Similar to normal tissue stem cells, cancer stem cells (CSCs) are thought to be quiescent or slow-cycling and, thereby, insensitive to chemo- and radiotherapies. CD44, a cell surface component that interacts with the extracellular matrix, has been found to be highly expressed in CSCs of several solid tumors. However, the relevancy between CD44+ cells and slow-cycling cells and the underlying mechanisms for the emergence of CD44+ CSCs during tumorigenesis have not been elucidated. Here we show that a gastric gland residing at the squamo-columnar junction (SCJ) in normal mouse stomach contains CD44+ stem cell-like slow-cycling cells and that this characteristic CD44+ gland was expanded by prostaglandin E2 (PGE2) and Wnt signaling in K19-Wnt1/C2mE mouse, a genetic mouse model for gastric tumorigenesis. The analysis of three transgenic mouse lines, K19-Wnt1, K19-C2mE and K19-Wnt1/C2mE, revealed that the expansion of CD44+ SCJ cells is triggered by PGE2-mediated signaling and is prominently enhanced by the addition of Wnt activation. Furthermore, each expanded CD44+ gland in gastric tumor of K19-Wnt1/C2mE mouse contains a few BrdU label-retaining quiescent or slow-cycling cells, suggesting that the CD44+ SCJ cells in normal mouse are candidates for the cell-of-origin of gastric CSCs. These observations suggest that PGE2-mediated inflammatory signaling and Wnt signaling cooperatively trigger the expansion of CD44+ slow-cycling stem-like cells in SCJ, leading to development of lethal gastric tumors in mice.

CD44, a major cell adhesion molecule, has been implicated in a wide variety of physiological processes and pathological processes, including lymphocyte homing, wound healing, and cell migration, as well as cancer cell growth and metastasis.(1,2) CD44 has been recently detected as a cell surface marker of cancer stem cells (CSCs) in several types of cancer.(3) Moreover, a CD44+ subpopulation of cells isolated from several gastric cancer cell lines has been reported to have stem cell-like properties, which are the capacities to self-renew and to differentiate.(4) However, the underlying mechanism by which CD44+ CSC-like subpopulations emerge in the process of tumor development is largely unknown.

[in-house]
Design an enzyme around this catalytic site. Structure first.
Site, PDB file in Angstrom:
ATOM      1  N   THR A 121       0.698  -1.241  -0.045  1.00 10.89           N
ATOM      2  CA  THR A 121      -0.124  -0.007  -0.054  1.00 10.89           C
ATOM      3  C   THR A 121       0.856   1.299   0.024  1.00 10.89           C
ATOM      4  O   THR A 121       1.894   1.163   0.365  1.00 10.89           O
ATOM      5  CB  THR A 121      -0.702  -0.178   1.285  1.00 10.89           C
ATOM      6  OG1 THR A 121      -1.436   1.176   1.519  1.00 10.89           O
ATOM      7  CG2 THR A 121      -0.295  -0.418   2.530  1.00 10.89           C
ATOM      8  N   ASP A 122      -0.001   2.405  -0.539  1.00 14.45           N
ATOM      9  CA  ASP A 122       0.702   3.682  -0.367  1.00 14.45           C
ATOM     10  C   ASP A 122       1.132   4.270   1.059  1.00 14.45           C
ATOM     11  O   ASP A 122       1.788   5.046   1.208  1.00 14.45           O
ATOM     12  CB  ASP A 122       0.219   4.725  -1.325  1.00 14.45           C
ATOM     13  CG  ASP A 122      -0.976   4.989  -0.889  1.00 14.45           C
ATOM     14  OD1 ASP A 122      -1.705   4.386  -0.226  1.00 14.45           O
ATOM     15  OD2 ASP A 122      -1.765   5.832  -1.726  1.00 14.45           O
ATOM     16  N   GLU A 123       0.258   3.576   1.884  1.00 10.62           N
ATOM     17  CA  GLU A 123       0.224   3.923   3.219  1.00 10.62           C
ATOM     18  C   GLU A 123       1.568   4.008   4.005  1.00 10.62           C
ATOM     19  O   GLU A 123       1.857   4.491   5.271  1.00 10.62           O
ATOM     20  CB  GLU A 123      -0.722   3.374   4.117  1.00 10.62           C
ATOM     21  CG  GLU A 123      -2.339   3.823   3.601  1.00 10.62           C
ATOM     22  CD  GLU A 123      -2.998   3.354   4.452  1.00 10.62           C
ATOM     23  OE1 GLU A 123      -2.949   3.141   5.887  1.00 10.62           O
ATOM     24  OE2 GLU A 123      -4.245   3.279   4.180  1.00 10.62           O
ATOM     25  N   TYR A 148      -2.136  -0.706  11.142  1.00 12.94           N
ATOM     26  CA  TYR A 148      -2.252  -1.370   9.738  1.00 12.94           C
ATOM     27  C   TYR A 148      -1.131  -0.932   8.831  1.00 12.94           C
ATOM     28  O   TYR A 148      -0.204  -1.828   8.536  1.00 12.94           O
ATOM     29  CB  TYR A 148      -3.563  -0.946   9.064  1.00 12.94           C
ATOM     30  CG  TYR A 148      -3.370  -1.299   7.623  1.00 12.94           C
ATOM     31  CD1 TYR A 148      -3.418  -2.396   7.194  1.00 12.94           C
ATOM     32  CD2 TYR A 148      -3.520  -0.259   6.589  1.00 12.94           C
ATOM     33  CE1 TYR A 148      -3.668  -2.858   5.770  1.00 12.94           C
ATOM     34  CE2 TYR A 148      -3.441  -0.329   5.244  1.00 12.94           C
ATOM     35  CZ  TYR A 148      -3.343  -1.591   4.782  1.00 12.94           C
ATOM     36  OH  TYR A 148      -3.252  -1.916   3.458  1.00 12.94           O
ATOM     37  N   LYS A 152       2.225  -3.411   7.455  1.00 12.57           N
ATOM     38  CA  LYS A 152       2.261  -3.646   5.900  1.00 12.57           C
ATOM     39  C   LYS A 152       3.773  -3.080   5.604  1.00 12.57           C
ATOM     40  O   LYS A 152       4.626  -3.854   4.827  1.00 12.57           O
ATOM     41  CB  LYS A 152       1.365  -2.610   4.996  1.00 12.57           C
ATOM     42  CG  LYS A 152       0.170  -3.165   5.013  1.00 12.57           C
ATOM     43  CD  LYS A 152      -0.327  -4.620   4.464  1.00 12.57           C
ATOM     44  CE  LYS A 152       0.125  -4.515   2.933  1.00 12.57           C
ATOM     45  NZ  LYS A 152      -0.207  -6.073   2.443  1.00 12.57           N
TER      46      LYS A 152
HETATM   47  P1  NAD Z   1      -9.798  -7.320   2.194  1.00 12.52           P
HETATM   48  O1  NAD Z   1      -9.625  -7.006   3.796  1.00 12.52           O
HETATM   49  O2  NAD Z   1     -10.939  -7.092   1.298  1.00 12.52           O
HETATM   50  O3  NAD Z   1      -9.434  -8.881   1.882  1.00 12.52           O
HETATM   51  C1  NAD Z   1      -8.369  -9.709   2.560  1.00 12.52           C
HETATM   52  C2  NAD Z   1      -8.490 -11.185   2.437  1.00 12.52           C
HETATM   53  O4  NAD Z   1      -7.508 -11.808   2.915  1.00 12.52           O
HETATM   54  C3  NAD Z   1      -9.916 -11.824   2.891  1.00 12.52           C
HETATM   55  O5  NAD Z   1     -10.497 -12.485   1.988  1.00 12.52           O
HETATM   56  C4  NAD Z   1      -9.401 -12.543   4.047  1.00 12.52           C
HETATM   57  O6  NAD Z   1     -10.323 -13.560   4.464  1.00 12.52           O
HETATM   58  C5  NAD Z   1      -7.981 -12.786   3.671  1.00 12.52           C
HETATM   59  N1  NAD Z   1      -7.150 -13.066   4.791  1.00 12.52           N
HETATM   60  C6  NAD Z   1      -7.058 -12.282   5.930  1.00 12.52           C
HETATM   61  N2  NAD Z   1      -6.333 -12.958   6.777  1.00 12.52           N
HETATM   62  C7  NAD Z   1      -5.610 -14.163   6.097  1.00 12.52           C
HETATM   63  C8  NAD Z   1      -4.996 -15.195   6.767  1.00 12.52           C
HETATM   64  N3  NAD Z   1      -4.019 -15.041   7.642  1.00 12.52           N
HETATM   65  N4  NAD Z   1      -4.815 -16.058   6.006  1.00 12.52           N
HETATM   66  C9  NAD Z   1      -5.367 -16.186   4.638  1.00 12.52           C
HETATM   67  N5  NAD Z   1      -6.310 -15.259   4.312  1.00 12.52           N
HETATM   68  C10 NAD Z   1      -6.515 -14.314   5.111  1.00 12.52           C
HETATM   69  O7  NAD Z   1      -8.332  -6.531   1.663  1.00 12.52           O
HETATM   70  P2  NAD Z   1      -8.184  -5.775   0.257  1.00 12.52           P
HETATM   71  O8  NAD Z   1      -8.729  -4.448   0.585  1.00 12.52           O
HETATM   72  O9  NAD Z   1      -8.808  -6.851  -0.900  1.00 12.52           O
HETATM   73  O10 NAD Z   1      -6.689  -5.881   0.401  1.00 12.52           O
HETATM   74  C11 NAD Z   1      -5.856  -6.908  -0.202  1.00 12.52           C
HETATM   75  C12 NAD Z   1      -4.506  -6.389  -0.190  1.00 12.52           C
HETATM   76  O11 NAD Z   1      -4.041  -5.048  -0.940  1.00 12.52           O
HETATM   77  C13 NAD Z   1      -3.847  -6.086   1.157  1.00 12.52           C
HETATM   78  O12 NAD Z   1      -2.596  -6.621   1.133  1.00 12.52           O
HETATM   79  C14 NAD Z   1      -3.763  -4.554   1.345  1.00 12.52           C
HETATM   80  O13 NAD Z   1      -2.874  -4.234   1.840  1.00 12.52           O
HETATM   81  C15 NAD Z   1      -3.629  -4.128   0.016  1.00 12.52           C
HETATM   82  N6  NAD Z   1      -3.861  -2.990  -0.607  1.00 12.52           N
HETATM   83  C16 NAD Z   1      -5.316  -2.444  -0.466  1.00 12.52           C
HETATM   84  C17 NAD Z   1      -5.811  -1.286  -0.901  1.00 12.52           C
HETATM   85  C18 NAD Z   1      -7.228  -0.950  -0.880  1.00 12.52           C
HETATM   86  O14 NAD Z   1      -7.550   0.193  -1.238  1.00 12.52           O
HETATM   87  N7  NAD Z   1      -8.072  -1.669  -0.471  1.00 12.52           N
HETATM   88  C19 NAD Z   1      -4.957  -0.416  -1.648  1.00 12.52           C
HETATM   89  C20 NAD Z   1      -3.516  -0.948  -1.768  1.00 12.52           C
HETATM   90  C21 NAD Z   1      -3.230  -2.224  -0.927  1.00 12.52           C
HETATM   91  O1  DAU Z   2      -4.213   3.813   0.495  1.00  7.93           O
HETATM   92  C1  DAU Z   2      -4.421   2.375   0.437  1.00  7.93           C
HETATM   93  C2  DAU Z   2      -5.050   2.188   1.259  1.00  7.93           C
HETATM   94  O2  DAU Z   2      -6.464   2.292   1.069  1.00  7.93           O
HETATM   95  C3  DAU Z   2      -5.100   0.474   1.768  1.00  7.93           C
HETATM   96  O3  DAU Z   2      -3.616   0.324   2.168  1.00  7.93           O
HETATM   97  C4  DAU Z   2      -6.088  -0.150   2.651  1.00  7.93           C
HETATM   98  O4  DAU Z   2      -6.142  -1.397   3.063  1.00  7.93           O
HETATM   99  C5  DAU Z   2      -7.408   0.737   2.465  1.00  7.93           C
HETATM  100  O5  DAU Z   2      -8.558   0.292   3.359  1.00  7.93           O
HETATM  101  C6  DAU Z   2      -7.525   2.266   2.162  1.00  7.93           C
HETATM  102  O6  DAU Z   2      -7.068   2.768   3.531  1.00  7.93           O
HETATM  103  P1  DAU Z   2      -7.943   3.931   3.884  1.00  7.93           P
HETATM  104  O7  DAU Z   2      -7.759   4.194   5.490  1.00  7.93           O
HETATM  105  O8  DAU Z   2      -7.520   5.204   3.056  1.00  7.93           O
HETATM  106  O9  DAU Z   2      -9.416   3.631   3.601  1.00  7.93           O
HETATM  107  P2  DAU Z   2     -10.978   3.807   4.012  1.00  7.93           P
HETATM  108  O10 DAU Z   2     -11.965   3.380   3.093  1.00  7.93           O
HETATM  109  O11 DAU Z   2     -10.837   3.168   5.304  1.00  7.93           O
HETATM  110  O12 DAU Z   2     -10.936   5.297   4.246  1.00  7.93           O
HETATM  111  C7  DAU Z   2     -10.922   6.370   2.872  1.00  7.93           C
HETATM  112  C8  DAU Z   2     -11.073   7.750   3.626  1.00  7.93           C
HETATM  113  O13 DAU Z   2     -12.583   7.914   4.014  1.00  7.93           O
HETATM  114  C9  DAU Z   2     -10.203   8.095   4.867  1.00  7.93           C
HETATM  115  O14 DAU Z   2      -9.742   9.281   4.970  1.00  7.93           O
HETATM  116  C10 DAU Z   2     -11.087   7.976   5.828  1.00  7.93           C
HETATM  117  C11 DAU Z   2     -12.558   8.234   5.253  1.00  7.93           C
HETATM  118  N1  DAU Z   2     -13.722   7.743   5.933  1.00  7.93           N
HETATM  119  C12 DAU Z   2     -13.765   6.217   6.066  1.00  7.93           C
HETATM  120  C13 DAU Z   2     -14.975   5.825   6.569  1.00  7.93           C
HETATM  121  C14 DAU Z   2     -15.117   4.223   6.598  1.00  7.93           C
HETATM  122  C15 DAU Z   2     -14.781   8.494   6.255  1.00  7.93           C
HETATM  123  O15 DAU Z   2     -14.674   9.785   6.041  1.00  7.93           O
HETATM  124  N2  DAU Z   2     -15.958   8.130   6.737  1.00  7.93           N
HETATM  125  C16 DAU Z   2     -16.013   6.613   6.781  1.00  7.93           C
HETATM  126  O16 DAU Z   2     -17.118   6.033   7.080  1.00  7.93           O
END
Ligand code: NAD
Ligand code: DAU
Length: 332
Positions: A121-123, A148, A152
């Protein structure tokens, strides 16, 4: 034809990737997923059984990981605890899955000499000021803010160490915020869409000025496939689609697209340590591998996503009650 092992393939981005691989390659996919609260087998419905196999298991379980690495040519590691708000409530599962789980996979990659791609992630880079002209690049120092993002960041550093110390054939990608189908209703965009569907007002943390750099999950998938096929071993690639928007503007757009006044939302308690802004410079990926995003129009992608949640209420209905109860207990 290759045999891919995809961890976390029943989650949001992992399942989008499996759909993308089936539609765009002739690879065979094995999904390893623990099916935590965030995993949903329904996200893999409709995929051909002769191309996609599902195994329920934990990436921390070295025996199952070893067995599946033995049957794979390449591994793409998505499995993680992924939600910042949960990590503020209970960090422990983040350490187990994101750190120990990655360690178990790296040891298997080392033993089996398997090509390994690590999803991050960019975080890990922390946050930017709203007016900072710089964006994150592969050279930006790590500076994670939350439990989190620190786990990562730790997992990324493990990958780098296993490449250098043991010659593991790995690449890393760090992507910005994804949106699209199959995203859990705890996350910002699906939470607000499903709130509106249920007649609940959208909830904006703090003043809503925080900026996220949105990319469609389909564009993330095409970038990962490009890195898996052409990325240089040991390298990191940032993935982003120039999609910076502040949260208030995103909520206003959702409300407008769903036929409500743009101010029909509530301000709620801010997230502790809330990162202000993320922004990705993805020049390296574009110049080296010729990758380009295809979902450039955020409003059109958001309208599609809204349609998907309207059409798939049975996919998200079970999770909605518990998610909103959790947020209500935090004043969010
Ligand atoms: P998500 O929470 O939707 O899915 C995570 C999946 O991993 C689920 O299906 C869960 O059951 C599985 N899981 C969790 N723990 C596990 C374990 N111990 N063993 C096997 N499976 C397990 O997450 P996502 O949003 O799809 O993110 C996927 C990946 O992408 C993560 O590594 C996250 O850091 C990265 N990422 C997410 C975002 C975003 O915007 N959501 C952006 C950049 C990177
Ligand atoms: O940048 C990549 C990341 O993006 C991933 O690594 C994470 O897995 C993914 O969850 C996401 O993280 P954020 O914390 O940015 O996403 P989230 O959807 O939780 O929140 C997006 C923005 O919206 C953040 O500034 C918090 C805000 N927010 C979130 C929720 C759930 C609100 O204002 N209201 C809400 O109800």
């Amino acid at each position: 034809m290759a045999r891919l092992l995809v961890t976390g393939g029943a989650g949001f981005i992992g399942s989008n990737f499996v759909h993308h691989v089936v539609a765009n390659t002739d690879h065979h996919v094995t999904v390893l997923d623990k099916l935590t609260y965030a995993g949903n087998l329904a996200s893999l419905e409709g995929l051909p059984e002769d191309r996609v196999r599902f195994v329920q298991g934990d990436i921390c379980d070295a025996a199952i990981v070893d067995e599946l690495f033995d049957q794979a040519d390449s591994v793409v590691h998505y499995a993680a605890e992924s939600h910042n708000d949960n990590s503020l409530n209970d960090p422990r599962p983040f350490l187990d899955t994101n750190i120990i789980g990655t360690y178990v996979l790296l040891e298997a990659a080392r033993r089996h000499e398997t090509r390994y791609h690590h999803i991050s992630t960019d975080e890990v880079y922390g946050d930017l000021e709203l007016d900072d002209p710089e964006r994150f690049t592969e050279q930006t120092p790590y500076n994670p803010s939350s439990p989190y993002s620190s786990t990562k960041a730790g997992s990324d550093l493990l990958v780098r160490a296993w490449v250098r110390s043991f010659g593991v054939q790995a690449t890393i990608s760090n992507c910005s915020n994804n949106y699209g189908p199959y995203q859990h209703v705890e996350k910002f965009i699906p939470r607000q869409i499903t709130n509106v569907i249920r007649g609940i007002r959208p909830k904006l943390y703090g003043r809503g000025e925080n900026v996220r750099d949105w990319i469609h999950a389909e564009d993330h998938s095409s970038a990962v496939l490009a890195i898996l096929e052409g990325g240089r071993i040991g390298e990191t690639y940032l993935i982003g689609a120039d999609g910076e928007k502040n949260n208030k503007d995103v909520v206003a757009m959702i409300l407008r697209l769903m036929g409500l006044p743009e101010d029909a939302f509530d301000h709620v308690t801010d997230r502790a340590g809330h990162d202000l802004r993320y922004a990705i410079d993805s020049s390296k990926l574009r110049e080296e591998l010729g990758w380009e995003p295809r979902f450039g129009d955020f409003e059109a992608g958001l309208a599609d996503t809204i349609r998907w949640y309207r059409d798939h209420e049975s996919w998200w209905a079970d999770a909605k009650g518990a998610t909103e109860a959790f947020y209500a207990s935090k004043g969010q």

Cancer stem cells, also known as cancer-initiating cells, are responsible for tumor initiation and maintenance. CSCs possess the ability to drive tumor growth and are inherently resistant to chemo- and radiotherapies. Recent studies have revealed that melanoma-initiating cells(5) and leukemia-initiating cells are a slow-cycling or quiescent subpopulation.(6,7) These quiescent or slow-cycling properties are thought to be a major reason why CSCs are resistant to cancer therapies targeted at proliferating cells. It has been shown that cell adhesion molecules play an essential role in the quiescence of hematopoietic stem cells by regulating adhesion in the osteoblastic niche.(8) Therefore, we hypothesized that CD44, which is highly expressed in CSCs, is involved in the regulation of their quiescent or slow-cycling status.